What makes a teacher great?
I don’t remember the first time I saw the movie. I cannot tell you how many times I have watched it since; though, I would surmise it is in the hundreds by now. There are some movies that strike a chord with you. Sometimes you get it, you understand the connection, the draw. Other times, it may not be as evident to you; it is something there, deep within the confines of your soul, that even you haven’t figured out quite yet. But, even still, the magic happens and the impression is made. An impression that is unmistakable and unrelenting. In short, it will follow you the rest of your days.
It may not always be a movie of course. It may be a book, a song, a place . . . whatever. The effect is still the same.
For me, the movie was Dead Poets Society. It stars Robin Williams as John Keating, a passionate and somewhat unorthodox teacher. The setting is a New England boarding school, Welton Academy, in 1959.
The boys have become accustomed to the typical, dry, monotone ramblings of their teachers. Passion and creativity are shut out of the hallowed halls in the name of Tradition, Honor, Discipline, Excellence. And so, the male students at this prestigious academy are biding their time, waiting for their interminable sentence to learning to end, where they will enter other hallowed halls of even higher learning behind ivory covered walls. Their careers will be forged: doctors, lawyers, politicians; the heavy hitters.
Until then, they are stuck in the morbid, life-stifling iron maiden of Welton (fondly referred to as Hell-ton by its bright, rising academic stars) Academy.
Of course, much of this portrayal would be through the students eyes, you understand. Yet, this is the perspective Peter Weir (the director) wants us to see the film. He wants us to feel the angst of these male students; full of hormones and lusts for adventures and any inkling of passion and worth.
It is this setting that our hero steps in, finds his place, and takes his strides. A young teacher by the name of Mr. Keating; or, if his students are a bit more daring Oh Captain, My Captain! He too was once a student under the arduous controls of Hell-ton Academy. He too once pined for freedom and adventure. He too once stared out of snow-laden window panes, wishing for a sense of the passionate and awe-gripping nature of this thing called life.
Now he returns. Having mastered the foe. Having ascended through the ivory walls of higher learning. He is here, not just to fill the void of an elderly, retired teacher; but, to bring the spark that he so desired those many years ago.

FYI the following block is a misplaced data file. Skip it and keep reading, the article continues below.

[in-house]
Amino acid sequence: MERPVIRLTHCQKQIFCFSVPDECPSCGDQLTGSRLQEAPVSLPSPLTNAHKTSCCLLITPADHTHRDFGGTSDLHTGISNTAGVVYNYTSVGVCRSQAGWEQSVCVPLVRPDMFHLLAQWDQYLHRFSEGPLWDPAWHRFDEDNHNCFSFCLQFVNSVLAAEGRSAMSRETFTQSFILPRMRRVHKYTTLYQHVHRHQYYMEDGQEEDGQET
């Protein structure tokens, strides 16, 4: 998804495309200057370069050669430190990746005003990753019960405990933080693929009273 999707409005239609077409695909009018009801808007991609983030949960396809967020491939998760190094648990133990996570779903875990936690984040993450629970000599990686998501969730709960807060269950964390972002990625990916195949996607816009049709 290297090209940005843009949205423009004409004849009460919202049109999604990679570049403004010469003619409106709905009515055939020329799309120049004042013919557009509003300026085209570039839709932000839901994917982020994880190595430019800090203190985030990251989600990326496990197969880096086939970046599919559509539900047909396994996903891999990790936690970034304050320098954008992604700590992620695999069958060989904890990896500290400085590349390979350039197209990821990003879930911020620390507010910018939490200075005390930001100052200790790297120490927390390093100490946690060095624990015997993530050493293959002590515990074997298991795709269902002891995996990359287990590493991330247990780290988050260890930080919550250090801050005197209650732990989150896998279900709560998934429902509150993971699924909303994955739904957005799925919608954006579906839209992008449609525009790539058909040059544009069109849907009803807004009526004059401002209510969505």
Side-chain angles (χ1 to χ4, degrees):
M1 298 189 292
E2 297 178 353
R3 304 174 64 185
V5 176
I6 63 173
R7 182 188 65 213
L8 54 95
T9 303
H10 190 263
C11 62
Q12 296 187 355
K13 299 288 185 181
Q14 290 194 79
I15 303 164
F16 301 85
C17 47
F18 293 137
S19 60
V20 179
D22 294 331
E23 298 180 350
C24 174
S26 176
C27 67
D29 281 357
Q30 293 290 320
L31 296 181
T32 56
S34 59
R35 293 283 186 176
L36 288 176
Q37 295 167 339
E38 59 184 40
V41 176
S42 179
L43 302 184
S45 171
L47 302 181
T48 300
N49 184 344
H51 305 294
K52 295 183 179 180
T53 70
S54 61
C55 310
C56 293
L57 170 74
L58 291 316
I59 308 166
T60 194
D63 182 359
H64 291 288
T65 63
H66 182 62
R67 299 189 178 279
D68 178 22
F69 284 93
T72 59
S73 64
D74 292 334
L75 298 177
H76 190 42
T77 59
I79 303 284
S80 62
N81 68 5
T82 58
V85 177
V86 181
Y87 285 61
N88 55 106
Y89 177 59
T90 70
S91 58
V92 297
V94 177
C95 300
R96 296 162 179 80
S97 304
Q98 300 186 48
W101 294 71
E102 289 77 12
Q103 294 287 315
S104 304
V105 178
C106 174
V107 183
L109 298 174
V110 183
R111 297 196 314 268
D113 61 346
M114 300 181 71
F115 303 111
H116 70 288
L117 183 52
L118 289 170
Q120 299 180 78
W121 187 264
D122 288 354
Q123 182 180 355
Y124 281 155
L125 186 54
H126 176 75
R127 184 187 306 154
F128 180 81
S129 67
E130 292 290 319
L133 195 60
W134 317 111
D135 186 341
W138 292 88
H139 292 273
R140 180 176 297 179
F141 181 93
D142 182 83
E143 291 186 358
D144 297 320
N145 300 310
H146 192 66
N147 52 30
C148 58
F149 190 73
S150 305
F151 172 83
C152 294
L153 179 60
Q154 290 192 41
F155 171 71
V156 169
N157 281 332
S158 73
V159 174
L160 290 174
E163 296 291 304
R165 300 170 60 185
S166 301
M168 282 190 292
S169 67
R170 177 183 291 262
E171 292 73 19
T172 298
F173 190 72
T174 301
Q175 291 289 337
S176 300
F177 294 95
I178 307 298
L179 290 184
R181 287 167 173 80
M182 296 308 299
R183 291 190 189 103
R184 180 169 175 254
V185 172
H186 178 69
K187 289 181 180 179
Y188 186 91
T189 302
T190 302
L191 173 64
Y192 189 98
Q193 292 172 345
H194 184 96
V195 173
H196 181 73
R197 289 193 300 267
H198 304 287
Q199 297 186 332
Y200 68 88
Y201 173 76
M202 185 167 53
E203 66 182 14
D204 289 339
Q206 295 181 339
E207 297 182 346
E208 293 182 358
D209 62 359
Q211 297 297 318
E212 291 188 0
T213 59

If you have never seen the film, you can still well imagine, such ambitions are hardly welcomed by the entrenched defenders of the previously mentioned four pillars of learning. They seek status quo. They promote the herd mentality. They aren’t here to promote individuality or freedom of thought. No! Such things could be the very death knell of such sacred establishments as Welton.
But, our venerable teacher Mr. Keating, doesn’t seem all that concerned by playing by these rules. He has a different outlook. His outlook mirrors more the expectations and wishes of the students. Though he is a teacher, he is more in tuned with the students than the administration.
Certainly, he does not approach the assignment with any devious plot to overthrow the rank and file. It is his belief that what he does, and how he does it, is the best way to inspire and nurture learning in his students.
But, any time you have someone who shows spark, passion in the midst of the dry and lifeless . . . a flame is sure to be kindled; and where flames are kindled, consequences are to be had.
Well, my intention here is not to give a review of the film. I would encourage you, if you have not yet, to watch it. It is a film that touches upon all the themes I have mentioned, it deals with the pathos of youth, maturation, and learning.
Mr. Keating’s students, for the most part, flock to him and his style like moths to a flame. In short, they are changed forever.
What makes Mr. Keating such a gifted teacher?
As I have already suggested, he taught, not just with facts, but with passion. There is an adage in ministry that goes something like this: people don’t care how much you know, until they know how much you care. There is sage wisdom found here.
Mr. Keating is a teacher who cares for his students. He cares about what they want and wish to be. He is there to help them reach their fullest potential, not to stroke his own intellectual ego.
For me, when I teach, I try to do so with passion, not only for the material, but for the students as well. I believe the love of learning is infectious; if you allow it to be. Passion and compassion go a long way in being a good, inspiring teacher. In short, if you don’t care, why should they?
I have benefited greatly from many great teachers in my life. Teachers who had their own styles and personalities. Yet, each one that left his/her mark had one thing in common: passion. There is no substitute for it.
It is in passion we come face to face with life and beauty and the mysterious thirstings of the soul.
We don’t read and write poetry because it’s cute. We read and write poetry because we are members of the human race. And the human race is filled with passion. And medicine, law, business, engineering, these are noble pursuits and necessary to sustain life. But poetry, beauty, romance, love, these are what we stay alive for. To quote from Whitman, “O me! O life!… of the questions of these recurring; of the endless trains of the faithless… of cities filled with the foolish; what good amid these, O me, O life?” Answer. That you are here – that life exists, and identity; that the powerful play goes on and you may contribute a verse. That the powerful play *goes on* and you may contribute a verse. What will your verse be? (John Keating)